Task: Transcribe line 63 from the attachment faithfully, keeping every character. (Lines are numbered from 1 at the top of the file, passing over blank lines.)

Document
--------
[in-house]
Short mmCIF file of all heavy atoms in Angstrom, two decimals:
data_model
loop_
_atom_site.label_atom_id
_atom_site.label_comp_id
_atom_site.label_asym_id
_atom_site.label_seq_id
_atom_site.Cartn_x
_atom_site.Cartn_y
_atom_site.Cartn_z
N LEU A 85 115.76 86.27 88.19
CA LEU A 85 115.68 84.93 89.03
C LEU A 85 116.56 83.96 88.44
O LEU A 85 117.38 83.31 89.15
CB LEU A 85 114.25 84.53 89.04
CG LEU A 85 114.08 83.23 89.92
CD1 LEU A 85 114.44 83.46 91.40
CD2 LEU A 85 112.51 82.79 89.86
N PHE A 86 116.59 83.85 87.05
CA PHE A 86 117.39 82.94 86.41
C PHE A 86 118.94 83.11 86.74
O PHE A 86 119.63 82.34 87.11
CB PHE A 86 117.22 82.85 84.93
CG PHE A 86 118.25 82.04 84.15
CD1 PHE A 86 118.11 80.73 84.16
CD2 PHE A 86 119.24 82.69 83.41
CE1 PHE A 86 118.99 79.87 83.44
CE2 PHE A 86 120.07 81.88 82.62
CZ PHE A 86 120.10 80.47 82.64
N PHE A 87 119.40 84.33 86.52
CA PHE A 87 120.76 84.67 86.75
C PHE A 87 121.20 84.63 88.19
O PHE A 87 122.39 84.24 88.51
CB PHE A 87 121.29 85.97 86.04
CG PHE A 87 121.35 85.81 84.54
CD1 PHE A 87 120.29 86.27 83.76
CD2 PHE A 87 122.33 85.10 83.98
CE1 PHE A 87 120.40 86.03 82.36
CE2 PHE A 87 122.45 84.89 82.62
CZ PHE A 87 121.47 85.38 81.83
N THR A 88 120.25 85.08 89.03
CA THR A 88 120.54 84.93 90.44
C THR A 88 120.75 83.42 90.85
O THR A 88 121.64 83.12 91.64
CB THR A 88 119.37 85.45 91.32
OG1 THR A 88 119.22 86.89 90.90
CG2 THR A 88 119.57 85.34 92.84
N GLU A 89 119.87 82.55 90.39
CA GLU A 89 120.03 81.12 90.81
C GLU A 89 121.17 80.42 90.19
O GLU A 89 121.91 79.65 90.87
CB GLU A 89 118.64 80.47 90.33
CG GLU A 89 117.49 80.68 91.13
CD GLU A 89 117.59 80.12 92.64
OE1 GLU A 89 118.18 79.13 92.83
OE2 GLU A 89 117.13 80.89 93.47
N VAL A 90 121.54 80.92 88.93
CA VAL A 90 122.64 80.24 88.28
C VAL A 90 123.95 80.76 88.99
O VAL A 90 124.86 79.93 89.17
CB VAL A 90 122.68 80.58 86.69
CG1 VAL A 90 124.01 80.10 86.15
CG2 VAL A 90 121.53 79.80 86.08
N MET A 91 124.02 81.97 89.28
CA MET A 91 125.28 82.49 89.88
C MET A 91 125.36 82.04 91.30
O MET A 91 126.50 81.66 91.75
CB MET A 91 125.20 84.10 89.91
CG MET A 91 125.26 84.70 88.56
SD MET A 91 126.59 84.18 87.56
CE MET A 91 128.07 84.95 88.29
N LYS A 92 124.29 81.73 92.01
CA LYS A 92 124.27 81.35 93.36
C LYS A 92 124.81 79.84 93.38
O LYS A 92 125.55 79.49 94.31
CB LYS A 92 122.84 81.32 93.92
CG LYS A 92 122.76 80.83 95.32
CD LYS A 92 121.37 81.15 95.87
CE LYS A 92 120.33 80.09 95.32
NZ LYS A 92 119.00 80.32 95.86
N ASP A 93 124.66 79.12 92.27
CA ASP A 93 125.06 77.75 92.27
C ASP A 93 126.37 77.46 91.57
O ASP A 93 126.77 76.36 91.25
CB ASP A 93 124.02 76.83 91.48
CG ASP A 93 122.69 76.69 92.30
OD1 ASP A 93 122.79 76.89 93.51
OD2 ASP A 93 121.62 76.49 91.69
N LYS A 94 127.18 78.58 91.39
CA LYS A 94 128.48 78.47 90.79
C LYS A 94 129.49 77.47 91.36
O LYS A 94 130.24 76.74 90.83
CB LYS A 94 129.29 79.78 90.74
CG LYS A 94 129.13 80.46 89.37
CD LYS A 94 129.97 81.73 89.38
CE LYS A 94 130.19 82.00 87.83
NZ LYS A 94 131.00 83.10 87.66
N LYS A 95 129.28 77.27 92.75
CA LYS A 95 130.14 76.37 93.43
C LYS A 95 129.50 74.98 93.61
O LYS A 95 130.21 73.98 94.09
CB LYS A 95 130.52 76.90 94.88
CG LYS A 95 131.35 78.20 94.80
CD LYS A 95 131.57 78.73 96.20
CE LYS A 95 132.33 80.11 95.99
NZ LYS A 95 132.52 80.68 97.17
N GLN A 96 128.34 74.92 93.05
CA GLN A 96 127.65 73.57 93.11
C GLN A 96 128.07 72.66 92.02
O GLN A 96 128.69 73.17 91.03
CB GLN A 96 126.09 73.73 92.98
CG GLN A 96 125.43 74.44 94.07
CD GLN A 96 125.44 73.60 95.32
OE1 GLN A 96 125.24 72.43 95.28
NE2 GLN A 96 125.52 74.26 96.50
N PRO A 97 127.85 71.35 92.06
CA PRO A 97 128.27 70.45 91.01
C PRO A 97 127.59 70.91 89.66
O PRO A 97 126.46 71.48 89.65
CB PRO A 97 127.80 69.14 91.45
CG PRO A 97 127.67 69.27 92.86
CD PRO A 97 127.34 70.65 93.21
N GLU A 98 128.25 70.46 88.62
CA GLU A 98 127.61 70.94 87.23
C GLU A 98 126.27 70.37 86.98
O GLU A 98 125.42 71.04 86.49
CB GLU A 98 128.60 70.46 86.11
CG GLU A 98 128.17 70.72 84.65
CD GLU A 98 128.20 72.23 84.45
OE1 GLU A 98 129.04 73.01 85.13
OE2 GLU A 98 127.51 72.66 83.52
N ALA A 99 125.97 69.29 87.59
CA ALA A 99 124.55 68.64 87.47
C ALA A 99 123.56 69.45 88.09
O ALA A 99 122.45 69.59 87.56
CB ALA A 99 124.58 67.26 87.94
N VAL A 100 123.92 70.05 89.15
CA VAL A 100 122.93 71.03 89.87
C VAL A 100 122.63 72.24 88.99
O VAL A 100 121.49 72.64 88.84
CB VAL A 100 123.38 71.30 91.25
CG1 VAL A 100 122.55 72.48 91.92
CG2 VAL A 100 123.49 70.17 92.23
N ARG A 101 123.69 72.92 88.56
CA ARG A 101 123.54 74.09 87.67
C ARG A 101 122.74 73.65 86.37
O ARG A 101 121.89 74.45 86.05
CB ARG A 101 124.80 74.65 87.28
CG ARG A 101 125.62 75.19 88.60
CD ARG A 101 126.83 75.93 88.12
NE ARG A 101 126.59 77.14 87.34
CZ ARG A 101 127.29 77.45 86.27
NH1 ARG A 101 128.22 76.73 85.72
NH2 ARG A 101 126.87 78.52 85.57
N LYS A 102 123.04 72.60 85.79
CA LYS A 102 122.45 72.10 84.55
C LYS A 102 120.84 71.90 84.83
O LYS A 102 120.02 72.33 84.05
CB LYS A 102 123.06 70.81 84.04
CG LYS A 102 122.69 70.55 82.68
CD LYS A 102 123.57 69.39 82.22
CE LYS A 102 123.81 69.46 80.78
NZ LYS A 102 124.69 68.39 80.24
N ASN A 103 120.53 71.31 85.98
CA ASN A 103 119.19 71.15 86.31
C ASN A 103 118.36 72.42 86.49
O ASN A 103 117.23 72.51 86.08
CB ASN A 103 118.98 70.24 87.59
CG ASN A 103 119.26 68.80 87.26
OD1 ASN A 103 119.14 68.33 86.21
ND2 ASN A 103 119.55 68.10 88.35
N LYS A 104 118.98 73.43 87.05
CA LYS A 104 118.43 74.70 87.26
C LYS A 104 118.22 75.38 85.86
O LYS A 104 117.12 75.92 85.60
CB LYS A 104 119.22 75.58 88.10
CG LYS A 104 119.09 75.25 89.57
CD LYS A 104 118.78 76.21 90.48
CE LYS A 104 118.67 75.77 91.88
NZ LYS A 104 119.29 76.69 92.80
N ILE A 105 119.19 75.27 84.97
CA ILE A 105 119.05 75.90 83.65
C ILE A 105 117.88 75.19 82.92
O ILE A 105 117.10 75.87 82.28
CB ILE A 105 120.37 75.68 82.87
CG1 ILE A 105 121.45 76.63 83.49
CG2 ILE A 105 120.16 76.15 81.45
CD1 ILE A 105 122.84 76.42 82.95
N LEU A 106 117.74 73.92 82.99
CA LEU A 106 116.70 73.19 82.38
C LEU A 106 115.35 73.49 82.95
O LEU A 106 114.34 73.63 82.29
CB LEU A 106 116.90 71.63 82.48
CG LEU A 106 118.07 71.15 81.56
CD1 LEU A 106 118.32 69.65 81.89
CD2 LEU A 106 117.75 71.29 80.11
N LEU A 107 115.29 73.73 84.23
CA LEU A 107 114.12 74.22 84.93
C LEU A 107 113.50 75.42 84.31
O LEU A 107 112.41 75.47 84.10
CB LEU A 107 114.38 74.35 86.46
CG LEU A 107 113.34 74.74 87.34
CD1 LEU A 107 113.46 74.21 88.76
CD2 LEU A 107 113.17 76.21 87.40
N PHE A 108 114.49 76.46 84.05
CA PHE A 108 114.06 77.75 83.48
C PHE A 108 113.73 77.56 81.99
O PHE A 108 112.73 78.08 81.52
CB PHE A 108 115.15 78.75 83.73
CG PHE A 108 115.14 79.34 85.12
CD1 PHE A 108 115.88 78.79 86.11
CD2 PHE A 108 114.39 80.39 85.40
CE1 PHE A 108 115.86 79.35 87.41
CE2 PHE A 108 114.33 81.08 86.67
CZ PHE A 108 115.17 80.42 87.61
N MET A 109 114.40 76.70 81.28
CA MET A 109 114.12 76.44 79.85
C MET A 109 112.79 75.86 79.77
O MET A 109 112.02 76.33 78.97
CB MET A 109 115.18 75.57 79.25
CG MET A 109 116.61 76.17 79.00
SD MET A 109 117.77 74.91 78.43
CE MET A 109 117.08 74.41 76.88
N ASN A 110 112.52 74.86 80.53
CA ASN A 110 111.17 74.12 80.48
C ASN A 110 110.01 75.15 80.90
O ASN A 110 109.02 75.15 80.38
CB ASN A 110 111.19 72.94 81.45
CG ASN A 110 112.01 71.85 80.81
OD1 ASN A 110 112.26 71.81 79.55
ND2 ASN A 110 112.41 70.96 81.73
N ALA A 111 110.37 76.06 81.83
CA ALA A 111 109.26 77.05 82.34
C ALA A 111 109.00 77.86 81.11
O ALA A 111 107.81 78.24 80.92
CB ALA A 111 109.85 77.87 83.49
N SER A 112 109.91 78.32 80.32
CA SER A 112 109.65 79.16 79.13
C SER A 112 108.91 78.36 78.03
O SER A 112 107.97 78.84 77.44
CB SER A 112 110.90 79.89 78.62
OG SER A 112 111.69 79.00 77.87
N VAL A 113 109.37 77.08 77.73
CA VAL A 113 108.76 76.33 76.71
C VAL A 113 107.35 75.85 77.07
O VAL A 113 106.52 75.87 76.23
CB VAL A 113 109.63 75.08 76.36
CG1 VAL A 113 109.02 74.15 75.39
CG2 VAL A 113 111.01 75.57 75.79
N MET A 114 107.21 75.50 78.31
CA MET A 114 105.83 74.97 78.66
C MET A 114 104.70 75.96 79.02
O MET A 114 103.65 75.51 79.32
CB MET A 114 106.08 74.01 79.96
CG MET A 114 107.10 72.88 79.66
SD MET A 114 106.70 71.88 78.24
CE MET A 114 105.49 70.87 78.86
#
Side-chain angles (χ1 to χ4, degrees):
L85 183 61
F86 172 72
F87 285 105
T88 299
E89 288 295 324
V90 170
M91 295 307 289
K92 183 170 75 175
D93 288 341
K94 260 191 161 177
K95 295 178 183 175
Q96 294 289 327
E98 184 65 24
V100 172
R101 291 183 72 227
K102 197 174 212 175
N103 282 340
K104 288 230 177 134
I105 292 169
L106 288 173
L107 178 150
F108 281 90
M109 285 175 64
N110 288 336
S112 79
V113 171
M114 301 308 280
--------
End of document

CG1 VAL A 90 124.01 80.10 86.15